Are there any known day-flowering orchids?

  4. Dennis Hansen
    Posted December 6, 2011 at 9:22 am | Permalink

    André -thanks for sharing this wonderful extra information with us via Jerry. I thoroughly enjoyed reading your paper about this fascinating orchid! I would like to know if you have any idea at all about the potential role of scent versus visual cues? You mention a ‘fungus-like’ scent of another Bulbophyllum – has this scent been analysed? (i.e. with GCMS; which compounds are in the scent?). Have you considered ‘sucking the scent’ of your orchid & analysing it? (ideally comparing it to the scent of the slime mold! –We certainly found such a mimicry to be the case in a South African orchid earlier this year; see http://blogs.smithsonianmag.com/science/2011/03/orchid-mimics-carrion-to-attract-flies/).
    All else being equal, one would think that odour is a better fly-attractant at night than visual cues. But if so, then why would it look like a slime mould, instead of just having some sort of dangling apparatus to release the scent? Ahh, questions to be answered; yumyum!

    As an aside to Jerry’s digression about Darwin’s Angraecum: I think this story also gives us a good expression of Darwin’s thought process. When first sent the dry specimen of the orchid, he wrote to Joseph Hooker about the long spur: “Good Heavens what insect can suck it?” (Darwin to Hooker, 25.01.1862) — only five days later to send another letter, stating: “What a proboscis the moth that sucks it, must have!” (Darwin to Hooker, 30.01.1862) – you can almost imagine him in his office, amazed at this magnificent spur, mulling it over, then checking his books and formulating his hypothesis in a quite informal way (there are simply too few exclamation marks in science these days!).

    “pseudoblog”. Heh.

    • Posted December 6, 2011 at 10:53 am | Permalink

      It seems likely that a scent is needed to attract pollinators from a distance. A scent analysis is definitely something that would be worth doing. One downside of this particular species is that the University of Leiden would have to pay the lab technician overtime :)
      But we have no idea which particular species of slime mould (if any) we should compare it with, or how we could get hold of one.

      As in your South African orchid, a carrion smell is often present in other species of Bulbophyllum (along with vomit-, feces-, and rotten fish-like smells, I may add. Isn’t Nature beautiful?).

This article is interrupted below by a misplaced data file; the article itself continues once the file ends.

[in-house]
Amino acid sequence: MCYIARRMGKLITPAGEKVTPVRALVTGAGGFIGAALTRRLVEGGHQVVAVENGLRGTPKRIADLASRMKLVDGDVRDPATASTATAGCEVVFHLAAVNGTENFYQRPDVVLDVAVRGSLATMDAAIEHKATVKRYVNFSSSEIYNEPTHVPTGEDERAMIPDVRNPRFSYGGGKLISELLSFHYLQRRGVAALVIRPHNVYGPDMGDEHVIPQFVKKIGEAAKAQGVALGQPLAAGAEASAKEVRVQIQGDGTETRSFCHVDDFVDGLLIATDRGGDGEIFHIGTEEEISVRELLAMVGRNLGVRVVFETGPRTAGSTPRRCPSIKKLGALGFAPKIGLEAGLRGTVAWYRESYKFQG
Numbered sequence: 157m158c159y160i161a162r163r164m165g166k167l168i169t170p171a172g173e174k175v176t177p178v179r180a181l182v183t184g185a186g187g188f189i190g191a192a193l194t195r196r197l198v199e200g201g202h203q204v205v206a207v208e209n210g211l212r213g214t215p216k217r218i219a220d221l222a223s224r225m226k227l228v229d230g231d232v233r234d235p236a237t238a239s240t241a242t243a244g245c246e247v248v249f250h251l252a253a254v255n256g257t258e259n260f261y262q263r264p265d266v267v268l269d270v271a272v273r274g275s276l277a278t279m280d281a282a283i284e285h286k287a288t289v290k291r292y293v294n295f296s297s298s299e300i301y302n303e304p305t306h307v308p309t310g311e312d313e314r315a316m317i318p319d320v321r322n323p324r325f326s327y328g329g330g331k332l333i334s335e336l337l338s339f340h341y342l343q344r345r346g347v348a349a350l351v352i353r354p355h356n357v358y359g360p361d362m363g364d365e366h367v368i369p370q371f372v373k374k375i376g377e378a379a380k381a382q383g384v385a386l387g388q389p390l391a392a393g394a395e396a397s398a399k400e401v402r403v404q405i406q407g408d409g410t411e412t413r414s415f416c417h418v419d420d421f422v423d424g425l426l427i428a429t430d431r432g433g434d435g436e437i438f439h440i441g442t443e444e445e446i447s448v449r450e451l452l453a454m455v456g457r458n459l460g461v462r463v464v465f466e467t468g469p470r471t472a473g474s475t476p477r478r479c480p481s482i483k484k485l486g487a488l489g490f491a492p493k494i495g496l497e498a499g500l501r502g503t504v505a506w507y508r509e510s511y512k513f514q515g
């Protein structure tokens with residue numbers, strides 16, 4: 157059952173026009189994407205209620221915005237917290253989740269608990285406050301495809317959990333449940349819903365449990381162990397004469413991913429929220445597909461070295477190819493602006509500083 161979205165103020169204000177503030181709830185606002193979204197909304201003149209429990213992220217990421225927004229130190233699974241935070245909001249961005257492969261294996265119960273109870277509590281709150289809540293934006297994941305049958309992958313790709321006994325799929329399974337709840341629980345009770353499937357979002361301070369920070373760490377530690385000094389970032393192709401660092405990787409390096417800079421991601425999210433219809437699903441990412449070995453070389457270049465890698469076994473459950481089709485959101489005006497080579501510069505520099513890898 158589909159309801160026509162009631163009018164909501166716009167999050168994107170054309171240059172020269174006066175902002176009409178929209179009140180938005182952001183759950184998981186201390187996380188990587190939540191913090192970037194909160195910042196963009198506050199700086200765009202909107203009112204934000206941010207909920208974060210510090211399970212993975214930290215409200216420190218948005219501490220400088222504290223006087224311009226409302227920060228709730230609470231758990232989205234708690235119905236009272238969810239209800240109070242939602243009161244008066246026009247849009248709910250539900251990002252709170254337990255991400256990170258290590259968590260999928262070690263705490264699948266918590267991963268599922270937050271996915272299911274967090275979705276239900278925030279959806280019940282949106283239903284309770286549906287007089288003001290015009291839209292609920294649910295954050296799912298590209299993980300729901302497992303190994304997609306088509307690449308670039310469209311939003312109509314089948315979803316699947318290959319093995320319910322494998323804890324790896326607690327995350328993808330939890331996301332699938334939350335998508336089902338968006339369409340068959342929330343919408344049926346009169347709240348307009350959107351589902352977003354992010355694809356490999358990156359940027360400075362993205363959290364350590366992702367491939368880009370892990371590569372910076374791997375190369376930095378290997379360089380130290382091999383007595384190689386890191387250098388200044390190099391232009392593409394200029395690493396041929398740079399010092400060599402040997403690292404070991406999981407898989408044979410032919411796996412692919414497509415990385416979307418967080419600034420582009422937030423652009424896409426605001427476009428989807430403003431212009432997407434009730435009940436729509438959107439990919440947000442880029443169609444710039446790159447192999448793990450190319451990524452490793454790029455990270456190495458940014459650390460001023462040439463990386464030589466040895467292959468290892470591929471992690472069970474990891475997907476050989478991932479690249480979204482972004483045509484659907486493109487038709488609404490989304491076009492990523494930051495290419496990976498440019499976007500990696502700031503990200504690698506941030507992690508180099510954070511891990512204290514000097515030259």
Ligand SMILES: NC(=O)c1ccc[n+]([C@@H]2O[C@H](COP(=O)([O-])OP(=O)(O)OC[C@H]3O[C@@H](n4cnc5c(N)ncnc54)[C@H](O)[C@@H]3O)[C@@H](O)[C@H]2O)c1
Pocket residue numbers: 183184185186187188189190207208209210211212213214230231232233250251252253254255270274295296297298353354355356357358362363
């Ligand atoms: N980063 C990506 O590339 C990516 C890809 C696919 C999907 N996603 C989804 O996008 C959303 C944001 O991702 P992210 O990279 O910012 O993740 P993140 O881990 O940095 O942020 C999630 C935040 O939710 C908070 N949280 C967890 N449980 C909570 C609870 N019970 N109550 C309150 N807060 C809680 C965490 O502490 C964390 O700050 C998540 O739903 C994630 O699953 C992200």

I suspect that once a pollinator has landed on a flower of B. nocturnum, tactile cues may be more important than visual ones, especially when this happens after dark. Maybe the insect needs to be in contact with the slime mould-like appendages to confirm for itself that it has chosen the right spot to land. Then again, pollination may also take place just after sunrise, when the flower of B. nocturnum is still open. But that begs the question: why not open early in the morning, like many orchids do? Why open already well before midnight, when your aim is to attract an early riser?

      Science will be dead when there are no more questions to answer.

  5. Stevoe
    Posted December 6, 2011 at 9:35 am | Permalink

    I had to look twice at the video at the bottom of your post. At first I thought it was part of your blog, not realizing it was an advertisement. It shows Stephen Baldwin sitting at a table, and I thought what in the hell could this godbot have to say about this fascinating orchid. “The moth and this orchid are just two more of Gods methods of proving just how mysterious he is”, he would have blathered on I am sure. What then, Kirk Cameron on the symbiosis of the Creeping Thistle and bee? Sound the trumpets then for sure.

  6. Posted December 6, 2011 at 10:39 am | Permalink

    Congratulations Andre, this is a very neat discovery. I also really liked the photos of the other Bulbophyllum species. The last couple of them reminded me of insects that had been attacked by those nasty insect-eating fungi, like this ant: